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On Tasting
The Gimblett Gravels Travelling Road Show Surprises London
Monday, 20th April, 2009  - David Farmer

When they make a film about a wine tasting you can probably say history was made at this tasting or if that is a bit grand at least a big change was signalled. So it is that the famous Spurrier Paris tasting of 1976 signalled that the wines of the Napa Valley were every bit as good as the best of France.

It is now standard fare for wine makers worldwide to match their best against the best of France and happily this does not seemed to have altered the perception of what these French icons are worth.

We have previously discussed the very fine reds emerging from the Gimblett Gravels region, Hawkes Bay, New Zealand and how in a masked tasting in New Zealand in 2008 they rated very highly against the best Bordeaux from the exceptional 2005 vintage. Go to In Praise of Gimblett Gravels and The First Growth Gimbletts.

Recently a similar event was staged for the London wine press and wine buyers. To put on a tasting like this with the enormous home town bias for the French takes very brave people. From the results you get the sense that while it will not lead to a film, another bit of the future history of the world of wine has been painted in.

Both The Times (Jane McQuitty) and the Telegraph (Jonathon Ray) wrote articles with both writers highlighting not only the Gimbletts quality but the enormous difference in prices between the wines. Of the top six wines four were first growth Bordeaux, 2005, with two from the Gimbletts.

Jane McQuitty wrote; "However, when six of the top Gimblett Gravels wines were due to be lined up blind in a taste-off against half a dozen of the finest Bordeaux clarets from the great 2005 vintage and judged by 50 of the UK's leading merchants and commentators, I was not optimistic about the Kiwis' chances. How wrong I was. When the bottles were unmasked, two of my top six places were taken by the Gimblett Gravels' best, a tally matched when everyone's scores were averaged out."

And then a bit grudgingly and do I detect a contradiction.

"Francophiles will be relieved to learn that for the most part the centuries' worth of natural selection in Bordeaux, with Man matching the right grape to the right soil and microclimate, ruled. That extra French polish of distinctive Bordeaux pencilbox-scented class, complexity and power did shine through in all but a few Gallic offerings. But then, given the vintage and producers, so it should. What surprised us was how difficult it was to spot the Gaul from the Kiwi."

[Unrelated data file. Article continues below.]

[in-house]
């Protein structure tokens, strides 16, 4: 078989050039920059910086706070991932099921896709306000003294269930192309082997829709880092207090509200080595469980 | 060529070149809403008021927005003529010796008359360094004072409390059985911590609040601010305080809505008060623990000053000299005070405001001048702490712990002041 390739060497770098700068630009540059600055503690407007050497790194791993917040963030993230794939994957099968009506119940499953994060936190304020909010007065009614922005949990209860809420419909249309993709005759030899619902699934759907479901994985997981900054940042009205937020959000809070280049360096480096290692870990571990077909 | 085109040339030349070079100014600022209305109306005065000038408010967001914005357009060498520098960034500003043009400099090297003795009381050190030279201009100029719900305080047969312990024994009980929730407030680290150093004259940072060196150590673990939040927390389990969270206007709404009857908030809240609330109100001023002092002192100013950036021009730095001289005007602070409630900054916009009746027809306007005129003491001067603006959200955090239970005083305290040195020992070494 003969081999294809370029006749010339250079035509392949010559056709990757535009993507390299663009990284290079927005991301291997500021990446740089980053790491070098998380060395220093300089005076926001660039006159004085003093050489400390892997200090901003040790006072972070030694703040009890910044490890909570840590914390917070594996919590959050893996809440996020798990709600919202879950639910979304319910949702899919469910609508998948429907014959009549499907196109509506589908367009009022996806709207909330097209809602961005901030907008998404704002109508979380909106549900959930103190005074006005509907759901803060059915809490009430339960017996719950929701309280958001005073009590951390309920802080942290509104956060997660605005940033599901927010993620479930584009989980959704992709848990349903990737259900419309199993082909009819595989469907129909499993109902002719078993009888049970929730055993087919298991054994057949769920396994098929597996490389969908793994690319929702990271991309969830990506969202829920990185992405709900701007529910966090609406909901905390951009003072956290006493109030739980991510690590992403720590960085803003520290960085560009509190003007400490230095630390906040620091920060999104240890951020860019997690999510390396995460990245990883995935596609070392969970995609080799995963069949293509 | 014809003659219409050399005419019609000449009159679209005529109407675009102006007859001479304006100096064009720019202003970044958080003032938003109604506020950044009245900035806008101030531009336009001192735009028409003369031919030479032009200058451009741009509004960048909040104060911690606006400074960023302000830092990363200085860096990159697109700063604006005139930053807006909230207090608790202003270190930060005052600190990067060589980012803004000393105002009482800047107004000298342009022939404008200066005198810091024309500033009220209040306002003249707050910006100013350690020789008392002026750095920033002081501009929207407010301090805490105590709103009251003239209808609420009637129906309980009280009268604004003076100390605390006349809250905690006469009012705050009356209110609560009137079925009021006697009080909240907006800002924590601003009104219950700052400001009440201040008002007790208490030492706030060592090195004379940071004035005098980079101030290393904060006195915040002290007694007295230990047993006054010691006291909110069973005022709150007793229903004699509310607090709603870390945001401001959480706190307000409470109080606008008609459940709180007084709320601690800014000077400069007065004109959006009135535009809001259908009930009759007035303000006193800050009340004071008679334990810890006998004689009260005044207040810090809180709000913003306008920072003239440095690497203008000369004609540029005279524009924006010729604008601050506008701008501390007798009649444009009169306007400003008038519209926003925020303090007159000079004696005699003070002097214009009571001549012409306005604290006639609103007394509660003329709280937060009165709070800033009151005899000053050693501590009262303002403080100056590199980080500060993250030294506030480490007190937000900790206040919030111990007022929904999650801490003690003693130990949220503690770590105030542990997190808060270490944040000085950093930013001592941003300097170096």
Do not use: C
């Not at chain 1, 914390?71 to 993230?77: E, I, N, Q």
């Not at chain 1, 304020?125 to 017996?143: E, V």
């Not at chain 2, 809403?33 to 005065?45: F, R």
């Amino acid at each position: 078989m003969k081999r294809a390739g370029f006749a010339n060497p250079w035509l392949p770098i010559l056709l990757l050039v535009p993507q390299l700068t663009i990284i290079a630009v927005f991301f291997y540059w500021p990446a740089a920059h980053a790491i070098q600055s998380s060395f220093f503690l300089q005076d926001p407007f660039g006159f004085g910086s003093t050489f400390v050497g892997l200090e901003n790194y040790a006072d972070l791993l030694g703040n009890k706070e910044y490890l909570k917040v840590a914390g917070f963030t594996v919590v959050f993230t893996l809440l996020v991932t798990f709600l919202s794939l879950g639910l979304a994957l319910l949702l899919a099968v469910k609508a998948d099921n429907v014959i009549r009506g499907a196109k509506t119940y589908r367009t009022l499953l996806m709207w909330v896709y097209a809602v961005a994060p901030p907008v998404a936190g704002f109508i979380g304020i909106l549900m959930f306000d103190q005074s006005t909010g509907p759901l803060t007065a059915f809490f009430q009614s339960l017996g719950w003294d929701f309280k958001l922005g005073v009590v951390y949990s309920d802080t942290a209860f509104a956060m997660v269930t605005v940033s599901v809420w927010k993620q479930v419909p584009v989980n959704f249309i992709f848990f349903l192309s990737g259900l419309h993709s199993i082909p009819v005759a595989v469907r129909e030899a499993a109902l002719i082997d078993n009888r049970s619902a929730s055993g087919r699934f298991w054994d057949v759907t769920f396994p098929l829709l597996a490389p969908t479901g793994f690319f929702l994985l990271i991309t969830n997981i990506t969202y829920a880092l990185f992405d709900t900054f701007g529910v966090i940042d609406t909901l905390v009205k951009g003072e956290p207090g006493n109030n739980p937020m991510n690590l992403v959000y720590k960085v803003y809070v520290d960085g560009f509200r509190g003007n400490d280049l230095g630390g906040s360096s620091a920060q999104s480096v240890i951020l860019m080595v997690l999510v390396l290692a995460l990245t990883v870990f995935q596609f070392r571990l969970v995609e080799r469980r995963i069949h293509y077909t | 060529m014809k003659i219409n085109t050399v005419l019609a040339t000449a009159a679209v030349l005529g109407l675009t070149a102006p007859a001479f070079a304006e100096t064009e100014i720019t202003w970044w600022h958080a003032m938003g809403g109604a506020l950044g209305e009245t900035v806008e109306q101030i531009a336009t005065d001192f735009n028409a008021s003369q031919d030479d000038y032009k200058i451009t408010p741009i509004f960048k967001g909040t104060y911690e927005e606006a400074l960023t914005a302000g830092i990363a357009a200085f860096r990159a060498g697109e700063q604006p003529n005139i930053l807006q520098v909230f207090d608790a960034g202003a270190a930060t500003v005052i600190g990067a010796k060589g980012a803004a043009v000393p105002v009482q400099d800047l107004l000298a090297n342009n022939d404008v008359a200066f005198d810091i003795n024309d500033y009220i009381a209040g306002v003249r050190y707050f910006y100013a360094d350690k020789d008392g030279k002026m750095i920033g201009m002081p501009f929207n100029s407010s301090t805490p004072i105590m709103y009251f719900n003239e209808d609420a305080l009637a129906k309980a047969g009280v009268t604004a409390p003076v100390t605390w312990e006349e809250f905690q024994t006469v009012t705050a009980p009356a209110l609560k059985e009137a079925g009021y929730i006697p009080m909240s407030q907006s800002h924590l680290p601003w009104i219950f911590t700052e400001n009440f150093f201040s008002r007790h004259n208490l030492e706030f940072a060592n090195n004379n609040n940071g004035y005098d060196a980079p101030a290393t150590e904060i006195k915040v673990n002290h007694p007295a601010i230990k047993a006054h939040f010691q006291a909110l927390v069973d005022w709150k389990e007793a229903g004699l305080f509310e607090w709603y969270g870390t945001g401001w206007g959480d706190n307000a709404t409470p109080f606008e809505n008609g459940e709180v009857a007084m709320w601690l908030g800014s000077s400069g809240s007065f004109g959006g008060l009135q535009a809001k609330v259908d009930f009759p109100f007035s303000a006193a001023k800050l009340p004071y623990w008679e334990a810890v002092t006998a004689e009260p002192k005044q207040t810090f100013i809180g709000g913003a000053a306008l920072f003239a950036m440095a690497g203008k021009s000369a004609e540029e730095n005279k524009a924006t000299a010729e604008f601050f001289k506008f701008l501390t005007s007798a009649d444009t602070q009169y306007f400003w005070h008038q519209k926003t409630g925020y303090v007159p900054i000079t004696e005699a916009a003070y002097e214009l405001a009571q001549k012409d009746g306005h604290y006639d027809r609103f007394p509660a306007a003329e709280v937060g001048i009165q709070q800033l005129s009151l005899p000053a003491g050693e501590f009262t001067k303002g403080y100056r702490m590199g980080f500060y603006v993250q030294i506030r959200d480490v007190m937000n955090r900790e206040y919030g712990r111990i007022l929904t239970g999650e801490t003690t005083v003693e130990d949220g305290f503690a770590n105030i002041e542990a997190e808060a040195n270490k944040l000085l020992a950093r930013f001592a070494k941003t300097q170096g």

Jonathon Ray was more enthused; "I am relieved to see the rest of the room is similarly uncertain. Even the incomparable but ever-modest Jancis Robinson is stumped."

"It isn't obvious to me at all which is which," she says. "I have tried to guess and have no doubt made a fool of myself. There is only one I didn't like, but I can't work out whether it's an over-extracted Saint Emilion or an unbalanced Gimblett Gravels."

And later. "Then the bombshell. The wines' identities are revealed and we gasp when we discover who was playing for the Bordeaux team. The three medal positions go to: 2005 Château Lafite-Rothschild (£975 a bottle), 2005 Château Mouton-Rothschild (£675) and 2005 Château Angélus (£295). Just off the podium, in fourth, is 2006 Sacred Hill "Helmsman" at - wait for it - a staggeringly modest £17.95 a bottle. We sit open-mouthed. 2005 Château Haut-Brion (£700) is fifth and 2006 Newton Forrest "Cornerstone" - at just £15 a bottle for heaven's sake - is sixth."

I think the prices of the great Bordeaux will continue on regardless though we do live in a time of bubbles. I do though see a buy sign for Gimbletts.

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